Although various mold materials may be utilized, simple ceramic or refractory molds are adequate for producing smallsized hemispheres in low volume. However, for high volume production stainless steel molds are more desirable since they have a greater life span. When using stainless steel molds, however, the mold is preferably treated with a lubricating or parting agent such as pulverized mica in order to prevent the adhesion of the glass in the mold cavity, which may occur if the glass to mold contact time is not held to a minimum.

Although it will be apparent to those skilled in the art that the various operating parameters will vary with the composition and thickness of the starting sheet and the desired contour of the finished article, the following specific example is given as one illustration, and by no means is deemed to be limiting in nature.

A 1 inch thick sheet of standard soda lime window glass was cut into an octagonal configuration having a 24 inch diameter. A ceramic mold having a 16 inch hemispherical cavity, surrounded by a conical feeding surface, was positioned within a gas-air fired kiln and heated to a temperature of approximately 775 C., which is approximately the softening point of the soda lime glass. After reaching such temperature, the blank at room temperature was positioned on the mold feeding surface in the kiln and oriented in concentric position over the hemispherical cavity by three feeding arms.

The sheet was quickly heated to its softening point in just less than 3 minutes and began to sag into a catenary curve. A vacuum of 25 inches of mercury was applied to the mold cavity within about 20 seconds after the sheet began to sag, and prior to the time that it contacted the lip edge about the mold cavity. At the same time as the vacuum was applied, a small positive pressure of under 10 p.s.i.g. as applied to the feeding surfaces of the mold, and the sheet was quickly and uniformly pulled into the mold cavity and formed into final shape. The mold was then removed from the kiln and air cooling applied until the temperature of the mold is lowered to about the annealing point of the glass, whereupon the completed hemisphere was removed from the mold for final finishing and heat treat. The flexibility of the operation will be appreciated by those skilled in the art when it is recognized that for a glass thickness of only one-eighth inch, the amount of vacuum required may be reduced to about 5 inches of mercury.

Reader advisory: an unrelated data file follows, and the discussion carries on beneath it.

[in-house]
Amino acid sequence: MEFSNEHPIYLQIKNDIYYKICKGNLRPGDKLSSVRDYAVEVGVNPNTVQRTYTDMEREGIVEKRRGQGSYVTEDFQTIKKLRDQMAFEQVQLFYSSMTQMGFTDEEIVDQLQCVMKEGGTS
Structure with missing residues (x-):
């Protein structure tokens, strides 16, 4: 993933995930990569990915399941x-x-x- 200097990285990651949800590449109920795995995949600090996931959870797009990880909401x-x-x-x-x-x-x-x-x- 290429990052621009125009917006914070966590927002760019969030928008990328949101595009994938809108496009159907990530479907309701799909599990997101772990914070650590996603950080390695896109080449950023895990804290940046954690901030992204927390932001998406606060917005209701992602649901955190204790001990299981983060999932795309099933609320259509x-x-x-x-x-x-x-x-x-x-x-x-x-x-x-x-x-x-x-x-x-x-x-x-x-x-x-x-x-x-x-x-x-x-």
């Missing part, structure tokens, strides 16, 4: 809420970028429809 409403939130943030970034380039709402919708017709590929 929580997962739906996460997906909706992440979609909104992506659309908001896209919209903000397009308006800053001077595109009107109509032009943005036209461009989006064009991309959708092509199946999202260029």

Although I have disclosed the now-preferred embodiment of my invention, it will be apparent to those skilled in the art that various changes and modifications may be made thereto without departing from the spirit and scope thereof as defined in the appended claims.

I claim:

1. Apparatus for forming hollow articles from sheet glass which comprises, a mold assembly, said mold assembly including a mold cavity of desired configuration and a tapered feeding surface surrounding the upper limit of said mold cavity, means for providing a vacuum to said mold cavity, means for supplying fluid under pressure to said feeding surface; glassfeeding means for maintaining a glass blank to be formed in concentric alignment over said mold cavity; and means for applying radiant heat to the glass sheet.

2. Apparatus as defined in claim 1 including a raised radiused neck ring portion extending about the entrance of said mold cavity, between said mold cavity and said tapered feeding surface, to provide a barrier between said vacuum means and said pressure means.